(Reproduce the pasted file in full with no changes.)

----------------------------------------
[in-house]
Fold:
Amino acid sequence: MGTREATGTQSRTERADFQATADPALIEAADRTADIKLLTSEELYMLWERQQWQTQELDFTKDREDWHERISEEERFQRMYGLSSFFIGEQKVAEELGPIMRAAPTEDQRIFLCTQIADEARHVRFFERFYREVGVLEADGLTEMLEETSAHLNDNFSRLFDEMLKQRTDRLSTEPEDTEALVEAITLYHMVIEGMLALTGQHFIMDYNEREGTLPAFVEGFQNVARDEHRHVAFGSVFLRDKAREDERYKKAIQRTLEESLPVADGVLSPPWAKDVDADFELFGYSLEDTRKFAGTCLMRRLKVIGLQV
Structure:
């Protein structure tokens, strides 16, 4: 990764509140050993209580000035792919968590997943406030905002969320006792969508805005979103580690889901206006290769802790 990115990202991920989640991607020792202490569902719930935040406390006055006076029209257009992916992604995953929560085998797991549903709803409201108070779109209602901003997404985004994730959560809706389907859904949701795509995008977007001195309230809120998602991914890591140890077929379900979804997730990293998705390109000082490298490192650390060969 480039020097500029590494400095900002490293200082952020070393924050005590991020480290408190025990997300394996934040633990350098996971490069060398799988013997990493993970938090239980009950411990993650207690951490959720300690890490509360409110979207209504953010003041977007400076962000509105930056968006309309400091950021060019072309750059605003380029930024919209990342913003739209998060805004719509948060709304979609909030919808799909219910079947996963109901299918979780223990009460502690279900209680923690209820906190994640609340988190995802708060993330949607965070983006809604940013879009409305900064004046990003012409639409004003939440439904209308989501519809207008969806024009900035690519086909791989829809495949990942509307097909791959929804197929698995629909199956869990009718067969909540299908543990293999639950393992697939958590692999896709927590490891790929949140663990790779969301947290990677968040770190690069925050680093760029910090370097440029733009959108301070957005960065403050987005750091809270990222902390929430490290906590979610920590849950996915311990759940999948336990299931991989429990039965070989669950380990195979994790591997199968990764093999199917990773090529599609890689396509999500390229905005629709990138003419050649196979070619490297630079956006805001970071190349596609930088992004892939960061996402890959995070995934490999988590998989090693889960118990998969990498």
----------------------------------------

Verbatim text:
[in-house]
Fold:
Amino acid sequence: MGTREATGTQSRTERADFQATADPALIEAADRTADIKLLTSEELYMLWERQQWQTQELDFTKDREDWHERISEEERFQRMYGLSSFFIGEQKVAEELGPIMRAAPTEDQRIFLCTQIADEARHVRFFERFYREVGVLEADGLTEMLEETSAHLNDNFSRLFDEMLKQRTDRLSTEPEDTEALVEAITLYHMVIEGMLALTGQHFIMDYNEREGTLPAFVEGFQNVARDEHRHVAFGSVFLRDKAREDERYKKAIQRTLEESLPVADGVLSPPWAKDVDADFELFGYSLEDTRKFAGTCLMRRLKVIGLQV
Structure:
């Protein structure tokens, strides 16, 4: 990764509140050993209580000035792919968590997943406030905002969320006792969508805005979103580690889901206006290769802790 990115990202991920989640991607020792202490569902719930935040406390006055006076029209257009992916992604995953929560085998797991549903709803409201108070779109209602901003997404985004994730959560809706389907859904949701795509995008977007001195309230809120998602991914890591140890077929379900979804997730990293998705390109000082490298490192650390060969 480039020097500029590494400095900002490293200082952020070393924050005590991020480290408190025990997300394996934040633990350098996971490069060398799988013997990493993970938090239980009950411990993650207690951490959720300690890490509360409110979207209504953010003041977007400076962000509105930056968006309309400091950021060019072309750059605003380029930024919209990342913003739209998060805004719509948060709304979609909030919808799909219910079947996963109901299918979780223990009460502690279900209680923690209820906190994640609340988190995802708060993330949607965070983006809604940013879009409305900064004046990003012409639409004003939440439904209308989501519809207008969806024009900035690519086909791989829809495949990942509307097909791959929804197929698995629909199956869990009718067969909540299908543990293999639950393992697939958590692999896709927590490891790929949140663990790779969301947290990677968040770190690069925050680093760029910090370097440029733009959108301070957005960065403050987005750091809270990222902390929430490290906590979610920590849950996915311990759940999948336990299931991989429990039965070989669950380990195979994790591997199968990764093999199917990773090529599609890689396509999500390229905005629709990138003419050649196979070619490297630079956006805001970071190349596609930088992004892939960061996402890959995070995934490999988590998989090693889960118990998969990498």